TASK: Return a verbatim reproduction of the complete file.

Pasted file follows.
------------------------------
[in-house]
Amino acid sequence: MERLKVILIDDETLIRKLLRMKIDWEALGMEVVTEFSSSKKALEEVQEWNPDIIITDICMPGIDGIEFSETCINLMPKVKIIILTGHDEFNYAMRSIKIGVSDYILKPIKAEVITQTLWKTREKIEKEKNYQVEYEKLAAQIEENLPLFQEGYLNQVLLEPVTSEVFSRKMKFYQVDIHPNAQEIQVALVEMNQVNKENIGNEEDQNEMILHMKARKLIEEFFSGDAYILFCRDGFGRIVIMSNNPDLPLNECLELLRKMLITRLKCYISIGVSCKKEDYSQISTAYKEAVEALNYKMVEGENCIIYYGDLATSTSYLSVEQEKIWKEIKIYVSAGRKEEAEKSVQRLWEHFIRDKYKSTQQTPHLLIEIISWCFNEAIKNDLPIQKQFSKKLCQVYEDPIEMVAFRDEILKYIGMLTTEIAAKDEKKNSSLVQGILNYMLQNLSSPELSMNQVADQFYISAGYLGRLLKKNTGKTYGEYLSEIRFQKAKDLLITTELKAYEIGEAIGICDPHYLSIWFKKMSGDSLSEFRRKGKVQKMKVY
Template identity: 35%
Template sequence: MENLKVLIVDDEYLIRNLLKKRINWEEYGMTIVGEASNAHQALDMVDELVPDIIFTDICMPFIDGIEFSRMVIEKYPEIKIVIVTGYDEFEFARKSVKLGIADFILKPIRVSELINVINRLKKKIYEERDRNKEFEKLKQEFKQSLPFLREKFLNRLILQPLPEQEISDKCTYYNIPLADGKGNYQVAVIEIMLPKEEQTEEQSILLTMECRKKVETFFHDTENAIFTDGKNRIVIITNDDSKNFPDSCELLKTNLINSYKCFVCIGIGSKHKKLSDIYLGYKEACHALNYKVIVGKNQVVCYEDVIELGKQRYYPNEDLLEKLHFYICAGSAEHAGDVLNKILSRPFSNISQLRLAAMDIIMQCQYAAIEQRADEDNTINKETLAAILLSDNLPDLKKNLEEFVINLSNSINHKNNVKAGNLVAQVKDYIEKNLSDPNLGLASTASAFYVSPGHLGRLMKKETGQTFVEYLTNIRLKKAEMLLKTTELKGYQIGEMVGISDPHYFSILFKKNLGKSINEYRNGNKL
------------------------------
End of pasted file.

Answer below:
[in-house]
Amino acid sequence: MERLKVILIDDETLIRKLLRMKIDWEALGMEVVTEFSSSKKALEEVQEWNPDIIITDICMPGIDGIEFSETCINLMPKVKIIILTGHDEFNYAMRSIKIGVSDYILKPIKAEVITQTLWKTREKIEKEKNYQVEYEKLAAQIEENLPLFQEGYLNQVLLEPVTSEVFSRKMKFYQVDIHPNAQEIQVALVEMNQVNKENIGNEEDQNEMILHMKARKLIEEFFSGDAYILFCRDGFGRIVIMSNNPDLPLNECLELLRKMLITRLKCYISIGVSCKKEDYSQISTAYKEAVEALNYKMVEGENCIIYYGDLATSTSYLSVEQEKIWKEIKIYVSAGRKEEAEKSVQRLWEHFIRDKYKSTQQTPHLLIEIISWCFNEAIKNDLPIQKQFSKKLCQVYEDPIEMVAFRDEILKYIGMLTTEIAAKDEKKNSSLVQGILNYMLQNLSSPELSMNQVADQFYISAGYLGRLLKKNTGKTYGEYLSEIRFQKAKDLLITTELKAYEIGEAIGICDPHYLSIWFKKMSGDSLSEFRRKGKVQKMKVY
Template identity: 35%
Template sequence: MENLKVLIVDDEYLIRNLLKKRINWEEYGMTIVGEASNAHQALDMVDELVPDIIFTDICMPFIDGIEFSRMVIEKYPEIKIVIVTGYDEFEFARKSVKLGIADFILKPIRVSELINVINRLKKKIYEERDRNKEFEKLKQEFKQSLPFLREKFLNRLILQPLPEQEISDKCTYYNIPLADGKGNYQVAVIEIMLPKEEQTEEQSILLTMECRKKVETFFHDTENAIFTDGKNRIVIITNDDSKNFPDSCELLKTNLINSYKCFVCIGIGSKHKKLSDIYLGYKEACHALNYKVIVGKNQVVCYEDVIELGKQRYYPNEDLLEKLHFYICAGSAEHAGDVLNKILSRPFSNISQLRLAAMDIIMQCQYAAIEQRADEDNTINKETLAAILLSDNLPDLKKNLEEFVINLSNSINHKNNVKAGNLVAQVKDYIEKNLSDPNLGLASTASAFYVSPGHLGRLMKKETGQTFVEYLTNIRLKKAEMLLKTTELKGYQIGEMVGISDPHYFSILFKKNLGKSINEYRNGNKL